French President Francois Hollande arrived in Iraq Friday to support the new government, in the first visit by a head of state since jihadists overran large parts of the country three months ago.
Hollande’s plane was carrying 15 tons of humanitarian aid to be delivered in the Kurdish capital of Arbil later Friday, after talks in Baghdad with his counterpart Fuad Masum, parliament speaker Salim al-Juburi and Prime Minister Haidar al-Abadi.
France has been supplying arms to Kurdish forces fighting the Islamic State jihadist group since August and has also been flying in humanitarian supplies.
Hollande traveled to Baghdad with Defense Minister Jean-Yves Le Drian and Foreign Minister Laurent Fabius, the highest-profile foreign delegation since Iraq descended into chaos in June.
Fabius said on Wednesday that France was prepared to take part in U.S.-led air strikes against the militants in Iraq “if necessary” but has stressed that Syria was a different situation.
According to French diplomatic sources, what is preventing France from a military intervention in Syria is the lack of an international legal basis.
“The philosophy is very clear and consists in saying: ‘in the face of the global threat (of IS), we need a global response’,” said a senior diplomatic French source who did not wish to be named.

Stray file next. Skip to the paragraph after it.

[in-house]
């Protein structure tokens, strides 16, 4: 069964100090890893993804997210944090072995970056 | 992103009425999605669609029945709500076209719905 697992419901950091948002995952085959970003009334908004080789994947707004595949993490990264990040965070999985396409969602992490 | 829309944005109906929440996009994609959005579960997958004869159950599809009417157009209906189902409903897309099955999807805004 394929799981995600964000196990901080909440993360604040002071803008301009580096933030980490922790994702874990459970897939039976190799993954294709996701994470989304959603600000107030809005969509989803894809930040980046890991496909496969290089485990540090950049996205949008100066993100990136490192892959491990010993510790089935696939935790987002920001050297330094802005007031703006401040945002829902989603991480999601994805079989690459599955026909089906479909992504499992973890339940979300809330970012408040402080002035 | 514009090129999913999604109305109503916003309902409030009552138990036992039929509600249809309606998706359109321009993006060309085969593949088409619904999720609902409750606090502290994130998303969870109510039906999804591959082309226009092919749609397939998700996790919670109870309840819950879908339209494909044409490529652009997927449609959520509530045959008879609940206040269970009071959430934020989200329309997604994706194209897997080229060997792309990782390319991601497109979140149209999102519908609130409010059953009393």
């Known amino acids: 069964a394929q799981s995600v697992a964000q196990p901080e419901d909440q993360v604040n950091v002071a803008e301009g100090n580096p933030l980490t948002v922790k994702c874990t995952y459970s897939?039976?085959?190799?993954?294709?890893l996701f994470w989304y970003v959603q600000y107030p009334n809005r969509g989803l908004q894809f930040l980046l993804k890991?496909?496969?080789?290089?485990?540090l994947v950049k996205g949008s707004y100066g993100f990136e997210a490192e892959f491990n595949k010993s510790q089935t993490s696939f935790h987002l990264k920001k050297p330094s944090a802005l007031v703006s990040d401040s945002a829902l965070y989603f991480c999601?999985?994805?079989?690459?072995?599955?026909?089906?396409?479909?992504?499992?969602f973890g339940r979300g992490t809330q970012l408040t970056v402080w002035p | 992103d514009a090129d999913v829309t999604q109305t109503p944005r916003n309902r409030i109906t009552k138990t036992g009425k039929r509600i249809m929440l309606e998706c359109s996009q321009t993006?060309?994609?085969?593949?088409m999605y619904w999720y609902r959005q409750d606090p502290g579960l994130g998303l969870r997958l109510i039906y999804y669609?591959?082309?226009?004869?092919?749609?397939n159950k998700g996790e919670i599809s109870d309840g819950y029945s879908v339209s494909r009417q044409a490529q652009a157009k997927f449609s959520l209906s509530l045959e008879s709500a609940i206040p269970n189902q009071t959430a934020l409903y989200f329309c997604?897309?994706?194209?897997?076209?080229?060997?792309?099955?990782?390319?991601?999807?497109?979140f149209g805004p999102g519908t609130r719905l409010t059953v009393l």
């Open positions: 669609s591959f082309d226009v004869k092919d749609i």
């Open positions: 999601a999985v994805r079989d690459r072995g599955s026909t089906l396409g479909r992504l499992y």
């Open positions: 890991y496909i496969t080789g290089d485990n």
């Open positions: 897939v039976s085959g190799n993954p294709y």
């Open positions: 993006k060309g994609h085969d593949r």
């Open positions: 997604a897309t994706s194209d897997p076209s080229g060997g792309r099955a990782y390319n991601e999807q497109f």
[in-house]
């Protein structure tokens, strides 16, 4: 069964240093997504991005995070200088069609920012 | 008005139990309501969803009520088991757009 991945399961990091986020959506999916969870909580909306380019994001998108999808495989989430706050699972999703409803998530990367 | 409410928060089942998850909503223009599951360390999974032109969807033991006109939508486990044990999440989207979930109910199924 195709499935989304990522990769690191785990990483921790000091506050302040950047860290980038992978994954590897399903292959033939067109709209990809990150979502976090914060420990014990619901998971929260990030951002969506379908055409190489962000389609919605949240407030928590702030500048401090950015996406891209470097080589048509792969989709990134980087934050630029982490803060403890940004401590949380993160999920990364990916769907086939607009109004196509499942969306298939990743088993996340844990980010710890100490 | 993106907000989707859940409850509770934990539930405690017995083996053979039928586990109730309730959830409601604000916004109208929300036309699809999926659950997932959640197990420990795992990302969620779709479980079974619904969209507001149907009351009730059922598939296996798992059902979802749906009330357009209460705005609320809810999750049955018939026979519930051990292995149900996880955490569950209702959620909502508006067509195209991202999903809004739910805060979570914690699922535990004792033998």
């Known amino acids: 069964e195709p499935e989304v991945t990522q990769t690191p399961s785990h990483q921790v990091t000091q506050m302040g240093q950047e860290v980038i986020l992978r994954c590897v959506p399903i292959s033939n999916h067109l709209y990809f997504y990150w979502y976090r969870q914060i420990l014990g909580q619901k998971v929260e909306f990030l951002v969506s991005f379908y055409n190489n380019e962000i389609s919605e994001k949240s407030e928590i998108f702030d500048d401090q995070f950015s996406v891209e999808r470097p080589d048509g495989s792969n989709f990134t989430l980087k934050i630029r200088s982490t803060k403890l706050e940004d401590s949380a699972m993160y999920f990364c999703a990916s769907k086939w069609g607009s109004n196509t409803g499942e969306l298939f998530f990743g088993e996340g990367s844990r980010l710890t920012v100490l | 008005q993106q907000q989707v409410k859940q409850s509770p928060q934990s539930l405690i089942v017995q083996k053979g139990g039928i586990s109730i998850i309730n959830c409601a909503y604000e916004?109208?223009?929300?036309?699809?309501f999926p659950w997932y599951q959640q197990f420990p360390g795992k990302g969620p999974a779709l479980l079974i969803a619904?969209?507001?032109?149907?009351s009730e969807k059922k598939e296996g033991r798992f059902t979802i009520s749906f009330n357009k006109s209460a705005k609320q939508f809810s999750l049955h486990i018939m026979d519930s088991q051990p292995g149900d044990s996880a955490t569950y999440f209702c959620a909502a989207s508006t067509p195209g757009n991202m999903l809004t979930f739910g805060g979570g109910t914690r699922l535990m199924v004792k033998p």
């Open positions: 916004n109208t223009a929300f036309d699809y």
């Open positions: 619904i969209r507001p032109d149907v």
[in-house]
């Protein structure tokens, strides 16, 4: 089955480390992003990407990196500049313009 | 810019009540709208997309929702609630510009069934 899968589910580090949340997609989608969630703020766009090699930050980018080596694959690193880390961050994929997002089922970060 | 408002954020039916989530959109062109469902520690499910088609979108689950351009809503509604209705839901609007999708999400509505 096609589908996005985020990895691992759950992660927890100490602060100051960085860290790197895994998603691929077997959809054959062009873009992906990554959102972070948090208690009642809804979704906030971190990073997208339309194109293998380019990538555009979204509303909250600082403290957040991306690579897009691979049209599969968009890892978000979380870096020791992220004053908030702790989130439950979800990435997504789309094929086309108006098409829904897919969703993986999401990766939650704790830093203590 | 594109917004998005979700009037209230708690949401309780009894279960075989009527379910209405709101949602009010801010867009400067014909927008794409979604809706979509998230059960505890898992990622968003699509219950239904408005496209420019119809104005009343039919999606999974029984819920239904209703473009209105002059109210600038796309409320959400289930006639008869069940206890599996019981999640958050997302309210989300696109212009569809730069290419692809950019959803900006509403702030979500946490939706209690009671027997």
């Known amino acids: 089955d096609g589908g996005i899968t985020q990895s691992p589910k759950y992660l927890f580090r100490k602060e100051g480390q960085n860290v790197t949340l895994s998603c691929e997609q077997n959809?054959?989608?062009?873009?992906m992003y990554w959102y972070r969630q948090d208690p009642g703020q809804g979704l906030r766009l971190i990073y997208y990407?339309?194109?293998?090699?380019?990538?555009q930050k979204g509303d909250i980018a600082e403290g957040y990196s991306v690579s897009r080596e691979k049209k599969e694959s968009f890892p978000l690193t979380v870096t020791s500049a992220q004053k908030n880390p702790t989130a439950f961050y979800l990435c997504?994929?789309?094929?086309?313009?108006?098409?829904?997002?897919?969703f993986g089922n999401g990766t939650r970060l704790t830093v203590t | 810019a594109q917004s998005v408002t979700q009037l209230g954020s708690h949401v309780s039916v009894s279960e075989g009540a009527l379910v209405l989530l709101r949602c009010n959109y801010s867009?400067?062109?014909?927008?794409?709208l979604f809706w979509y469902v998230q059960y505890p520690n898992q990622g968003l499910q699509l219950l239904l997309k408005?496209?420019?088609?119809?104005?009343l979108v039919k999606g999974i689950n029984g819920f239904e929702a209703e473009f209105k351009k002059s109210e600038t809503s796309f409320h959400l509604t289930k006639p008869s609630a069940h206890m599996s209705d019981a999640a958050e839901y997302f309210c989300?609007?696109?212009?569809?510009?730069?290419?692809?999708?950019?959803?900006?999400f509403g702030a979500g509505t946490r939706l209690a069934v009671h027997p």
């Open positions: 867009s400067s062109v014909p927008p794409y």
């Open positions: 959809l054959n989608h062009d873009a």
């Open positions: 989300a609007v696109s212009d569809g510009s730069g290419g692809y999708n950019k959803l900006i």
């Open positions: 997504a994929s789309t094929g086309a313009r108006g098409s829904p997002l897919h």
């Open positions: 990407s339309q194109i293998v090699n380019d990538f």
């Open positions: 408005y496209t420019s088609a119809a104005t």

Hollande is going to push for a “solution that takes into account several facets”, the source said — not only the military aspect, but also humanitarian and political.
On Monday, Hollande and Masum will jointly host foreign ministers from the region and other allies in Paris for an international conference on Iraq.
During his one-day trip to Iraq, Hollande is also due to meet the Chaldean patriarch, Louis Sako, in Arbil.
France has offered to take in some of the tens of thousands of Christians who were forced from their homes when Islamic State militants swept through the northwest of Iraq.
On June 10, the jihadist fighters seized the city of Mosul, which was home to a significant Christian community.
In August they overran the Nineveh plains, between Mosul and Arbil, which were home to many of the country’s Christians, including Iraq’s largest Christian town of Qaraqosh.